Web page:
Pap smears will eventually be a thing of the past, according to a Canadian study published in The New England Journal of Medicine. The study found that DNA tests for human papillomavirus (HPV) are nearly twice as effective as the standard Pap smear for screening cervical cancer (94% vs. 55%). The DNA test is still sorta like the Pap in that it involves a pelvic exam and collecting a sample of cells from the cervix, so it's still a little invasive. But the good news is that because the DNA screening is so much more accurate, we won't need to do it as often. The other thing is that the DNA test, when it eventually makes its way here, will only be for women 30 and over because "HPV infection in younger women usually disappears on its own, so testing those under 30 would lead to many false positives."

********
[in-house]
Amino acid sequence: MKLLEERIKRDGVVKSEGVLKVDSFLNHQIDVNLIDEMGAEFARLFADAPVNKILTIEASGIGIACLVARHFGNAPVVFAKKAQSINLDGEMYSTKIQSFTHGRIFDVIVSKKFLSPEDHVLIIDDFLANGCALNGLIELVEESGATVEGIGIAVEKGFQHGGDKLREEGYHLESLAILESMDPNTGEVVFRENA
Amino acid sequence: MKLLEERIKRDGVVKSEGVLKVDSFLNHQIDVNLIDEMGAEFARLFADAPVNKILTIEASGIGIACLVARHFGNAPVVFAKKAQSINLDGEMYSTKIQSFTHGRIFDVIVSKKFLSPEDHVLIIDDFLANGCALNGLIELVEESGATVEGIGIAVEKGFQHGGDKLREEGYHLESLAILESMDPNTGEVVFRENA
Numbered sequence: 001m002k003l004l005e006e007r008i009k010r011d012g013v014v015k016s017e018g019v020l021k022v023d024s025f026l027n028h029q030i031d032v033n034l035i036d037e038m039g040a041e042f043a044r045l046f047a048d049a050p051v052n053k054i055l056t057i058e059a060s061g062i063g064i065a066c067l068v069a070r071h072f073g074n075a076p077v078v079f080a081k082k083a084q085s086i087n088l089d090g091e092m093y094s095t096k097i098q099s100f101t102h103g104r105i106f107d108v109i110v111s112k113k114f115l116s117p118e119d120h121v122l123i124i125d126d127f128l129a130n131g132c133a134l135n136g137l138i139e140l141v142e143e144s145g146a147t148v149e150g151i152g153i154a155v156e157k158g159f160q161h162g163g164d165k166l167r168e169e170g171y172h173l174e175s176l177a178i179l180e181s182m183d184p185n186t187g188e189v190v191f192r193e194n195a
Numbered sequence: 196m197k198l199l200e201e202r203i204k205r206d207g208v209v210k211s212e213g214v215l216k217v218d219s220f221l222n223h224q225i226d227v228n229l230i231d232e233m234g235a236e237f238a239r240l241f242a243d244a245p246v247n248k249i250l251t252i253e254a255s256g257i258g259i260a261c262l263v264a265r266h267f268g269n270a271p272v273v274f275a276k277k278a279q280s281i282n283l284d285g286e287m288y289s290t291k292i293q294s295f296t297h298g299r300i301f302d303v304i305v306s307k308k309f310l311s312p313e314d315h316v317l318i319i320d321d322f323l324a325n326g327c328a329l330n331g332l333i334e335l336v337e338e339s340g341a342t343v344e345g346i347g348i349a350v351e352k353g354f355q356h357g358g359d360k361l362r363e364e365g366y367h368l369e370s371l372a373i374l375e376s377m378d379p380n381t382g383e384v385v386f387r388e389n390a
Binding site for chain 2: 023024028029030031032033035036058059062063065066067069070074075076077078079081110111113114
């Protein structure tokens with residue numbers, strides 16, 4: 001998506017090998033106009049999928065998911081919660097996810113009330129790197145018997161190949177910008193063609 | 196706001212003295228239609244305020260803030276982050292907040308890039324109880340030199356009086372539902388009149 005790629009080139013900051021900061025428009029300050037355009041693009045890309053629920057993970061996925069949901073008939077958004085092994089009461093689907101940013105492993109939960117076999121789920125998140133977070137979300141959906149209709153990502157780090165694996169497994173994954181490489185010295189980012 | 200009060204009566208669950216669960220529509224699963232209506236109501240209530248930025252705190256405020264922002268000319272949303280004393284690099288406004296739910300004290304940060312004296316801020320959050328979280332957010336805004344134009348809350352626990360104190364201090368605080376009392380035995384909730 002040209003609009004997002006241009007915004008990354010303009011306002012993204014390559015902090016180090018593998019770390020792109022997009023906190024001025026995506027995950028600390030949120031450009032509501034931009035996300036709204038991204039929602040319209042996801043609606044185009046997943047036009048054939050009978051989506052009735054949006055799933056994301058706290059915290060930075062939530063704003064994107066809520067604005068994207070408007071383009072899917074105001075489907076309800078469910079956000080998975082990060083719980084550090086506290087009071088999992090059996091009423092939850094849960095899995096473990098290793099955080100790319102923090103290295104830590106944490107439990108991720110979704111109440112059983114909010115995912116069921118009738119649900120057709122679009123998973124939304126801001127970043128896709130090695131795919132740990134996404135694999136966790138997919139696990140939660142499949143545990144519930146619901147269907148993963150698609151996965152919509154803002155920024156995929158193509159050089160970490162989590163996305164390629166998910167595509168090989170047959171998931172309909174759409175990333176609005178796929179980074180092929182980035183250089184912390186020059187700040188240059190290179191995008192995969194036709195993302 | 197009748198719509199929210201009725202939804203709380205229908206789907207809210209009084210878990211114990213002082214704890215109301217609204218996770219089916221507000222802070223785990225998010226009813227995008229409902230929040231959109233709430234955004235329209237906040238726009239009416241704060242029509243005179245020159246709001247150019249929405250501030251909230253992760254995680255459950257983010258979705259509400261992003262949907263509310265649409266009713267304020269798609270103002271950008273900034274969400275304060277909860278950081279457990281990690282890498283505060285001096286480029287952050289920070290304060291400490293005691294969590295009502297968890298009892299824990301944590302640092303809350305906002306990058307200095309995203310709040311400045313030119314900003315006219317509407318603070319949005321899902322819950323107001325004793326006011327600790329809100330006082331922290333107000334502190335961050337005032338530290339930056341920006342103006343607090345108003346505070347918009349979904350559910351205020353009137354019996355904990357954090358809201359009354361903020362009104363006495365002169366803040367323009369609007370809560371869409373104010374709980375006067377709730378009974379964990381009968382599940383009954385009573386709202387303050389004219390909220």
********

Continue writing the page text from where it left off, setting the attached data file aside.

Another thing is that the DNA HPV test picked up far more cervical pre-cancers than the Pap smear. However, the DNA test doesn't discern between the types of HPV, so if someone tests positive, she then needs further testing to find out exactly what she has. Unfortunately, Gardasil, the HPV vaccine, only protects against the 2 out of the 70 types that cause cervical cancer, so women still need to be screened for it. So far, the only downside of DNA testing for HPV is that there is a high rate of false positives that would lead to additional testing. However, this seems like a pretty decent trade-off.